Background: Prospective epidemiological studies are being employed to determine the incidence and possible risk factors of Creutzfeldt-Jakob disease (CJD) in five European countries in which bovine spongiform encephalopathy (BSE) occurs at different rates of incidence.
Patients and methods: Using a voluntary reporting system throughout the Federal Republic of Germany, suspected cases of CJD were investigated and the incidence calculated. Possible risk factors in patients and control groups were obtained by questionnaire. Serum and cerebrospinal fluid samples served to delineate genetic forms and distinguish the disease from other major dementias.
Results: A total of 544 patients with suspected CJD, reported in Germany between 1993 and 1997, were examined. 232 (plus 27 investigated only neuropathologically) were confirmed as definite or probable, an annual incidence per million population of between 0.76 (for 1994) and 0.98 (for 1995), similar to figures from other European countries. In Great Britain, the cases of "new variant" CJD, not yet observed in Germany, were excluded from the calculation of incidence. So far, dementia in the family and handling of horn shavings have been identified as risk factors. A rise in the concentrations of neurone-specific enolase and of S100 protein as well as the demonstration of certain proteins in cerebrospinal fluid (p130/ 131 and 14-3-3, respectively) have been shown as being diagnostically superior to EEG changes.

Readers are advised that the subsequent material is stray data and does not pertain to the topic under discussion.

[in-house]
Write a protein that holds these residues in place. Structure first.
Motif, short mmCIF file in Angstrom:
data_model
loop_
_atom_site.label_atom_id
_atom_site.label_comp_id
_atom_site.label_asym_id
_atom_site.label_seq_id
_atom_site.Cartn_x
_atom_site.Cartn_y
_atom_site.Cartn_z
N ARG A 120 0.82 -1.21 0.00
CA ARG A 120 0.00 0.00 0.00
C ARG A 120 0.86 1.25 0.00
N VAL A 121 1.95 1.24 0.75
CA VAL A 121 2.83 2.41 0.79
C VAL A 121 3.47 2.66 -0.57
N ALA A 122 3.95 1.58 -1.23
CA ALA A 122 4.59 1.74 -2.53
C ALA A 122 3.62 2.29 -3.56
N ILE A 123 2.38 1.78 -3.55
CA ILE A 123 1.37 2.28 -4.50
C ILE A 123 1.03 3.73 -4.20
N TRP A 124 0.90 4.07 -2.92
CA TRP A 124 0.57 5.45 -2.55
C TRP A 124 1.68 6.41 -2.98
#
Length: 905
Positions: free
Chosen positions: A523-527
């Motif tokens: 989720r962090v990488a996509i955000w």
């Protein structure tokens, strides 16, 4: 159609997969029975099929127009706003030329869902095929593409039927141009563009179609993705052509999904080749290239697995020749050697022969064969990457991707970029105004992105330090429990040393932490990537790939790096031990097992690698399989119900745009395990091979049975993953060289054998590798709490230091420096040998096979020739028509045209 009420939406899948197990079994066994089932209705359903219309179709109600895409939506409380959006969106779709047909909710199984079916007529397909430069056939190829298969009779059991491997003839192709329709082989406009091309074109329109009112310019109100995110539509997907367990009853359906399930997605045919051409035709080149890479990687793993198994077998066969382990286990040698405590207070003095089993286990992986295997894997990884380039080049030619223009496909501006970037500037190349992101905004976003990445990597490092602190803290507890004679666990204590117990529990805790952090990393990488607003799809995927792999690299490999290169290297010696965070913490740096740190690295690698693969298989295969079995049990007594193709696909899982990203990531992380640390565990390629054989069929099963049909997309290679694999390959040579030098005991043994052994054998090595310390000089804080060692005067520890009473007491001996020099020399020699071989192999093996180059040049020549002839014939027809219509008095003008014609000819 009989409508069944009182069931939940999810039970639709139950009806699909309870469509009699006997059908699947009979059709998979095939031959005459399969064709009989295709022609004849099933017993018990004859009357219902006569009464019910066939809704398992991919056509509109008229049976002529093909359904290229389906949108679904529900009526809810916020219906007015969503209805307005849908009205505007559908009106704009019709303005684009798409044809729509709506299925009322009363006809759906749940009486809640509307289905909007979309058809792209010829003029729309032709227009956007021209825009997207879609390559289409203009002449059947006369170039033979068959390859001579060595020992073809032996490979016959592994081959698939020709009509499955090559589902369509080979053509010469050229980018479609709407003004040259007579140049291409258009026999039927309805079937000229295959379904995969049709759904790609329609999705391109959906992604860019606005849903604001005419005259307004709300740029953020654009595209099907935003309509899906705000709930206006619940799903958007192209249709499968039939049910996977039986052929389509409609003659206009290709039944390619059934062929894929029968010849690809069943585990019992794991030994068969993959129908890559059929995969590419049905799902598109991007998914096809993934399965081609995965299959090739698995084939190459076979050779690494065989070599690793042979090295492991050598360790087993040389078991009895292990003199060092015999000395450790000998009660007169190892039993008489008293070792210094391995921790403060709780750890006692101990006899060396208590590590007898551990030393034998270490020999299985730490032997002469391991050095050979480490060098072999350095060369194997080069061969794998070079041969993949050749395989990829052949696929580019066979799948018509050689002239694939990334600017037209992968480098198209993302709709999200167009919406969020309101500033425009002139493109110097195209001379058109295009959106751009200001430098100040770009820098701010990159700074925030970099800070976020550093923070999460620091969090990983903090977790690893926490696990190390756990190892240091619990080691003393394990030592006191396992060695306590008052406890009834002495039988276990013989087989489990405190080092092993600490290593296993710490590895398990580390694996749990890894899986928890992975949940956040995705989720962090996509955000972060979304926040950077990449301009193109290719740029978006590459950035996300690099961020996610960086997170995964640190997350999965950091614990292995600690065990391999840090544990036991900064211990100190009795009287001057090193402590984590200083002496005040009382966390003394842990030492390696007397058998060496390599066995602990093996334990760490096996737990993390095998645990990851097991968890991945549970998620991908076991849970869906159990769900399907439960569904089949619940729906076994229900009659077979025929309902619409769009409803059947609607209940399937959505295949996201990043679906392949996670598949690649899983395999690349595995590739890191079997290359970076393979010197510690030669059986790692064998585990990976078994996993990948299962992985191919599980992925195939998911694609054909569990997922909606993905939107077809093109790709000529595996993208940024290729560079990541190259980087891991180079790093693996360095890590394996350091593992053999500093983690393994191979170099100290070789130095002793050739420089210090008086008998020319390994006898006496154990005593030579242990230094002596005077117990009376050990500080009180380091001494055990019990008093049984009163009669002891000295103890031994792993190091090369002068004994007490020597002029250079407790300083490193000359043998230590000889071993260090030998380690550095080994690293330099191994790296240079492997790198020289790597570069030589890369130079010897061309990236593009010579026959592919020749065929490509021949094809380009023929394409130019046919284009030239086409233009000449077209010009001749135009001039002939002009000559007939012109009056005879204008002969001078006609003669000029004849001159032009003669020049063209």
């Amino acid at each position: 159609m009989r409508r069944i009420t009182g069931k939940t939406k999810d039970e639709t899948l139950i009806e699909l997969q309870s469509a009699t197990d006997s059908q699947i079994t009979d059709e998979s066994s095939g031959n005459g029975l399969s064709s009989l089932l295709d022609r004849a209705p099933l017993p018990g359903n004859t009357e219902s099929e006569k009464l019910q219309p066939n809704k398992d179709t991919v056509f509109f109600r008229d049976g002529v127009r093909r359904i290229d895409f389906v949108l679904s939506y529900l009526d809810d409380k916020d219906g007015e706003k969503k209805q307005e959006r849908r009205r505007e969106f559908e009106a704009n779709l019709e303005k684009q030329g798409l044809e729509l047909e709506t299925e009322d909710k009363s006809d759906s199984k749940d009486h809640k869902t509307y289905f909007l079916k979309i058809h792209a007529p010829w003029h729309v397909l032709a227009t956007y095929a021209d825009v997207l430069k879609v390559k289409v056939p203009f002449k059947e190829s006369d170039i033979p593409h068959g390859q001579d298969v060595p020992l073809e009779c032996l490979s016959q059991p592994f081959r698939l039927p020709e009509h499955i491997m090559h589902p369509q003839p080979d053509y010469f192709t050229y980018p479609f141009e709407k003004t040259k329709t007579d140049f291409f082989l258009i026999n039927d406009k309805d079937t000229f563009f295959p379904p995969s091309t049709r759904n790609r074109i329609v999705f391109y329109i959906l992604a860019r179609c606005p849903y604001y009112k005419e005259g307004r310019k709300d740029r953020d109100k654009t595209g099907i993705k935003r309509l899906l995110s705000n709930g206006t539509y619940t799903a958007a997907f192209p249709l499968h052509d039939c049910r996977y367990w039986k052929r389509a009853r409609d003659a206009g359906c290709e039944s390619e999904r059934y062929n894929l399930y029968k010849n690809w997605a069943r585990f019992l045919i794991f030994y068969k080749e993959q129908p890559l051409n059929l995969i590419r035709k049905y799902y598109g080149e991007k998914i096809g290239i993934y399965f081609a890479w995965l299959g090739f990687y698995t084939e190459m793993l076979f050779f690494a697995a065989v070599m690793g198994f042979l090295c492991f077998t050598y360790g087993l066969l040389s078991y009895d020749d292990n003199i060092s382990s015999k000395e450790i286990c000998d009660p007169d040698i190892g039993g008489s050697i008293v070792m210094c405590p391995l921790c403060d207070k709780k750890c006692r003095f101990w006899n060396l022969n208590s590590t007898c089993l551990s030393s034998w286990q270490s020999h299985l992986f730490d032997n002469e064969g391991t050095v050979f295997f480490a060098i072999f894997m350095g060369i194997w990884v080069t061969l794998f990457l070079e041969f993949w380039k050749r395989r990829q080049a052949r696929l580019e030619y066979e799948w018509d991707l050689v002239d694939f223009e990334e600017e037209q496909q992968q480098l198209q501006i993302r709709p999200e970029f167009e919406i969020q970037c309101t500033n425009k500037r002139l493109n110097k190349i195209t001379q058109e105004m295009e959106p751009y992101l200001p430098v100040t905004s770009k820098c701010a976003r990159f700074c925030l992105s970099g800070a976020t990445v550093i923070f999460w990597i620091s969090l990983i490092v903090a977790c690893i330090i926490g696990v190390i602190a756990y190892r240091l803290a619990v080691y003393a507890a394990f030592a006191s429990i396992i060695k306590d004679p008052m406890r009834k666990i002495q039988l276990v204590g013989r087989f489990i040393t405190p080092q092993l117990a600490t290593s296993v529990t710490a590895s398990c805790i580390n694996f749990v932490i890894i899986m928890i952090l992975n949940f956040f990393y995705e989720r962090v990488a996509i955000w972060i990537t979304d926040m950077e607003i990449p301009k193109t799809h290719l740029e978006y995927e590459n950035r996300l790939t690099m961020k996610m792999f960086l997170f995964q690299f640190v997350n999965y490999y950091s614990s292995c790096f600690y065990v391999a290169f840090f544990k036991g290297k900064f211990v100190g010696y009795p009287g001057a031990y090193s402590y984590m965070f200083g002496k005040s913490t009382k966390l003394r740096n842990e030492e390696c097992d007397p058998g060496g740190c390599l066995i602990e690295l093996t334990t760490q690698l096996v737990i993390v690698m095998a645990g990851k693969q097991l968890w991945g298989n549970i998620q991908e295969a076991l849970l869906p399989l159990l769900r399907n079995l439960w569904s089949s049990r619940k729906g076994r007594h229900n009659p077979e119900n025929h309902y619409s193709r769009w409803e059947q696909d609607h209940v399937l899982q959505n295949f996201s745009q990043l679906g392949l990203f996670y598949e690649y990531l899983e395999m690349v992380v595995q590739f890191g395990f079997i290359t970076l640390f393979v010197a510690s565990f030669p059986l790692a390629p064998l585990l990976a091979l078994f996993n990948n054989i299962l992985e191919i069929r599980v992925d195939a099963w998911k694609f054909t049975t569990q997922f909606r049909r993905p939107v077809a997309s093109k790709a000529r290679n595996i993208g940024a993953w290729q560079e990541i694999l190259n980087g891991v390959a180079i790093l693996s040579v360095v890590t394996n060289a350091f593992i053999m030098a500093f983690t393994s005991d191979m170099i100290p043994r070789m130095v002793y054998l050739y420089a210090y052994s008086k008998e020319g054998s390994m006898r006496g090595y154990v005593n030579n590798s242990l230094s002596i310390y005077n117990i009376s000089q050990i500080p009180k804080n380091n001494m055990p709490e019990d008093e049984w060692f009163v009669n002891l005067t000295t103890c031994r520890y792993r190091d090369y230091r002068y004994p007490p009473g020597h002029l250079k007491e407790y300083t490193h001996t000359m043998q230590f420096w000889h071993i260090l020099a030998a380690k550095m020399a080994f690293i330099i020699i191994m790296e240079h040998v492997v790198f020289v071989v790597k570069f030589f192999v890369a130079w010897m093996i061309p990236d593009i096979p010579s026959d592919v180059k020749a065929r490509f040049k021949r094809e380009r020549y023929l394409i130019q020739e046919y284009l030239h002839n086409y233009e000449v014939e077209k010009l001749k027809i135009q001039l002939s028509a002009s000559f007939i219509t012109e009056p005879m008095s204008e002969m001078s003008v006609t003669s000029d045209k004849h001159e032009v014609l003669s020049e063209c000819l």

Interpretation: There has so far been no increase in the incidence of CJD within Europe. However, the occurrence of the new variant in Great Britain requires long-term monitoring. The diagnostic criteria used for this can be improved by biochemical methods.